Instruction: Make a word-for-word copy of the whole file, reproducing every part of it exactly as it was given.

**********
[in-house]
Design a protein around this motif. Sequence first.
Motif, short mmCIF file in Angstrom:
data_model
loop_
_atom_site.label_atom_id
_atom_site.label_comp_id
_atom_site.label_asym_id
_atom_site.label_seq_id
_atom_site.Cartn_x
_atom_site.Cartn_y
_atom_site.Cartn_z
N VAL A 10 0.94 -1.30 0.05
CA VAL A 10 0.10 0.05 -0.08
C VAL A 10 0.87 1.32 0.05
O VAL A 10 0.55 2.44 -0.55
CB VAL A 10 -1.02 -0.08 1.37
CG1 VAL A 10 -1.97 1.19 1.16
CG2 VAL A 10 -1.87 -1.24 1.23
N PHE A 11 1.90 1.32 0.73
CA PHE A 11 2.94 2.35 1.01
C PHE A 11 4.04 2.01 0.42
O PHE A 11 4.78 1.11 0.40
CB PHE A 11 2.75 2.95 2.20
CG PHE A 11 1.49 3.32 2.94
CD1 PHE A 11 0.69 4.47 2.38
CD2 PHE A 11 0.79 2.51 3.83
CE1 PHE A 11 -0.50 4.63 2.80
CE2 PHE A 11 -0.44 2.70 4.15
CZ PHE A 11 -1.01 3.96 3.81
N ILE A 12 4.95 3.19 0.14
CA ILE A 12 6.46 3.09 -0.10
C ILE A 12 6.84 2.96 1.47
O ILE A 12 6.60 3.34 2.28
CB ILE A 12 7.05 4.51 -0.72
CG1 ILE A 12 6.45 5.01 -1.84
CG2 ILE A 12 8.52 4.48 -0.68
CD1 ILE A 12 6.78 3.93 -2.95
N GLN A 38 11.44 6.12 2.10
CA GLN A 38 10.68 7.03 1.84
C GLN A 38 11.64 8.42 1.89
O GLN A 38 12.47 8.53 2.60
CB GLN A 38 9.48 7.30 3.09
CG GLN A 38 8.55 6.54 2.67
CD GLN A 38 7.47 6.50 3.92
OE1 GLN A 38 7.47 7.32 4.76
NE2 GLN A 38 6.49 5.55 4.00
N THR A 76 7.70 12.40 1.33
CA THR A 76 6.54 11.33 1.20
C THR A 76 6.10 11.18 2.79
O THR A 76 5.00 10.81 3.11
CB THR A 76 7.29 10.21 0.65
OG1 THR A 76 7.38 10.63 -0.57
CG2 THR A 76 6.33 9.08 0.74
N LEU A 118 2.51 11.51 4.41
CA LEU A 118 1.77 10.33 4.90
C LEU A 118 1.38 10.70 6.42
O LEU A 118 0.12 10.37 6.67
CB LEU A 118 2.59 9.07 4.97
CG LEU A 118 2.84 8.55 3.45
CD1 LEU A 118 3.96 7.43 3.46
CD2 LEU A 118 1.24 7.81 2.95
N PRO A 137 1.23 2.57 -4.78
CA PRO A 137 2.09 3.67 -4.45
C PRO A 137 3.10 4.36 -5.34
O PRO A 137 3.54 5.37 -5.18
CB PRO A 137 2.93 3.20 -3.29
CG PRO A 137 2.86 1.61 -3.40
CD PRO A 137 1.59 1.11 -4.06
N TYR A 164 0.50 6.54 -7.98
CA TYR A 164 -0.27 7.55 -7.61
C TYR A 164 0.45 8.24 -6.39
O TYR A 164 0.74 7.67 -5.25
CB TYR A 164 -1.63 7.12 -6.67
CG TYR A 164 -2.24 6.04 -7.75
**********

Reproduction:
[in-house]
Design a protein around this motif. Sequence first.
Motif, short mmCIF file in Angstrom:
data_model
loop_
_atom_site.label_atom_id
_atom_site.label_comp_id
_atom_site.label_asym_id
_atom_site.label_seq_id
_atom_site.Cartn_x
_atom_site.Cartn_y
_atom_site.Cartn_z
N VAL A 10 0.94 -1.30 0.05
CA VAL A 10 0.10 0.05 -0.08
C VAL A 10 0.87 1.32 0.05
O VAL A 10 0.55 2.44 -0.55
CB VAL A 10 -1.02 -0.08 1.37
CG1 VAL A 10 -1.97 1.19 1.16
CG2 VAL A 10 -1.87 -1.24 1.23
N PHE A 11 1.90 1.32 0.73
CA PHE A 11 2.94 2.35 1.01
C PHE A 11 4.04 2.01 0.42
O PHE A 11 4.78 1.11 0.40
CB PHE A 11 2.75 2.95 2.20
CG PHE A 11 1.49 3.32 2.94
CD1 PHE A 11 0.69 4.47 2.38
CD2 PHE A 11 0.79 2.51 3.83
CE1 PHE A 11 -0.50 4.63 2.80
CE2 PHE A 11 -0.44 2.70 4.15
CZ PHE A 11 -1.01 3.96 3.81
N ILE A 12 4.95 3.19 0.14
CA ILE A 12 6.46 3.09 -0.10
C ILE A 12 6.84 2.96 1.47
O ILE A 12 6.60 3.34 2.28
CB ILE A 12 7.05 4.51 -0.72
CG1 ILE A 12 6.45 5.01 -1.84
CG2 ILE A 12 8.52 4.48 -0.68
CD1 ILE A 12 6.78 3.93 -2.95
N GLN A 38 11.44 6.12 2.10
CA GLN A 38 10.68 7.03 1.84
C GLN A 38 11.64 8.42 1.89
O GLN A 38 12.47 8.53 2.60
CB GLN A 38 9.48 7.30 3.09
CG GLN A 38 8.55 6.54 2.67
CD GLN A 38 7.47 6.50 3.92
OE1 GLN A 38 7.47 7.32 4.76
NE2 GLN A 38 6.49 5.55 4.00
N THR A 76 7.70 12.40 1.33
CA THR A 76 6.54 11.33 1.20
C THR A 76 6.10 11.18 2.79
O THR A 76 5.00 10.81 3.11
CB THR A 76 7.29 10.21 0.65
OG1 THR A 76 7.38 10.63 -0.57
CG2 THR A 76 6.33 9.08 0.74
N LEU A 118 2.51 11.51 4.41
CA LEU A 118 1.77 10.33 4.90
C LEU A 118 1.38 10.70 6.42
O LEU A 118 0.12 10.37 6.67
CB LEU A 118 2.59 9.07 4.97
CG LEU A 118 2.84 8.55 3.45
CD1 LEU A 118 3.96 7.43 3.46
CD2 LEU A 118 1.24 7.81 2.95
N PRO A 137 1.23 2.57 -4.78
CA PRO A 137 2.09 3.67 -4.45
C PRO A 137 3.10 4.36 -5.34
O PRO A 137 3.54 5.37 -5.18
CB PRO A 137 2.93 3.20 -3.29
CG PRO A 137 2.86 1.61 -3.40
CD PRO A 137 1.59 1.11 -4.06
N TYR A 164 0.50 6.54 -7.98
CA TYR A 164 -0.27 7.55 -7.61
C TYR A 164 0.45 8.24 -6.39
O TYR A 164 0.74 7.67 -5.25
CB TYR A 164 -1.63 7.12 -6.67
CG TYR A 164 -2.24 6.04 -7.75